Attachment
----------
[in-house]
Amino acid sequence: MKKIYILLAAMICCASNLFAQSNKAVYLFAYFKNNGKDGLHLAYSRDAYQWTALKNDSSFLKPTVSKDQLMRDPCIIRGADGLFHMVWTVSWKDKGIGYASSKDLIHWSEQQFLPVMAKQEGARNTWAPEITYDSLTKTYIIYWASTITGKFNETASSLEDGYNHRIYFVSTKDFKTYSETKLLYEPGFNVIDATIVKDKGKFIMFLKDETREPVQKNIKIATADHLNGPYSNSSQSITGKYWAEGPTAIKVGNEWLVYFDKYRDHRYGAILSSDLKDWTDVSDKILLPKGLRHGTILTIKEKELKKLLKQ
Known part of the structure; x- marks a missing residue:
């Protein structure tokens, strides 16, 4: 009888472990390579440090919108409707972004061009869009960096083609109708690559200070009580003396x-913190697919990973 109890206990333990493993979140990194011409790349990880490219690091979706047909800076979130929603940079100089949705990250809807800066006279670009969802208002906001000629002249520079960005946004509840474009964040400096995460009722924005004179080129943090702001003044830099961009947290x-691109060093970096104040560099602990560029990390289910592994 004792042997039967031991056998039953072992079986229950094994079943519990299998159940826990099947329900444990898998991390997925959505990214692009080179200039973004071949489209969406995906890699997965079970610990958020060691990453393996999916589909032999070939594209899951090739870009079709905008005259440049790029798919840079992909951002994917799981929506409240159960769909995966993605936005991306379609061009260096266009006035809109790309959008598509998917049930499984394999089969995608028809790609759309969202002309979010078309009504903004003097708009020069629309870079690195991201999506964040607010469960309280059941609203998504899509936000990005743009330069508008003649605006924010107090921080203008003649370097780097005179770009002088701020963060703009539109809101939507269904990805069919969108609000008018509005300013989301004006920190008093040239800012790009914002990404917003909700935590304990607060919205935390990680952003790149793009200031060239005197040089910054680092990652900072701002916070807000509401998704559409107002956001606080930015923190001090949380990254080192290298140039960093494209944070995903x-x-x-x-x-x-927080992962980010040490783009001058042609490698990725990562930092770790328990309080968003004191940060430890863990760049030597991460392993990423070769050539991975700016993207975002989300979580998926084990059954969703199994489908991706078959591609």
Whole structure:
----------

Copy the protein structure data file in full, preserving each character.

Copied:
[in-house]
Amino acid sequence: MKKIYILLAAMICCASNLFAQSNKAVYLFAYFKNNGKDGLHLAYSRDAYQWTALKNDSSFLKPTVSKDQLMRDPCIIRGADGLFHMVWTVSWKDKGIGYASSKDLIHWSEQQFLPVMAKQEGARNTWAPEITYDSLTKTYIIYWASTITGKFNETASSLEDGYNHRIYFVSTKDFKTYSETKLLYEPGFNVIDATIVKDKGKFIMFLKDETREPVQKNIKIATADHLNGPYSNSSQSITGKYWAEGPTAIKVGNEWLVYFDKYRDHRYGAILSSDLKDWTDVSDKILLPKGLRHGTILTIKEKELKKLLKQ
Known part of the structure; x- marks a missing residue:
């Protein structure tokens, strides 16, 4: 009888472990390579440090919108409707972004061009869009960096083609109708690559200070009580003396x-913190697919990973 109890206990333990493993979140990194011409790349990880490219690091979706047909800076979130929603940079100089949705990250809807800066006279670009969802208002906001000629002249520079960005946004509840474009964040400096995460009722924005004179080129943090702001003044830099961009947290x-691109060093970096104040560099602990560029990390289910592994 004792042997039967031991056998039953072992079986229950094994079943519990299998159940826990099947329900444990898998991390997925959505990214692009080179200039973004071949489209969406995906890699997965079970610990958020060691990453393996999916589909032999070939594209899951090739870009079709905008005259440049790029798919840079992909951002994917799981929506409240159960769909995966993605936005991306379609061009260096266009006035809109790309959008598509998917049930499984394999089969995608028809790609759309969202002309979010078309009504903004003097708009020069629309870079690195991201999506964040607010469960309280059941609203998504899509936000990005743009330069508008003649605006924010107090921080203008003649370097780097005179770009002088701020963060703009539109809101939507269904990805069919969108609000008018509005300013989301004006920190008093040239800012790009914002990404917003909700935590304990607060919205935390990680952003790149793009200031060239005197040089910054680092990652900072701002916070807000509401998704559409107002956001606080930015923190001090949380990254080192290298140039960093494209944070995903x-x-x-x-x-x-927080992962980010040490783009001058042609490698990725990562930092770790328990309080968003004191940060430890863990760049030597991460392993990423070769050539991975700016993207975002989300979580998926084990059954969703199994489908991706078959591609």
Whole structure: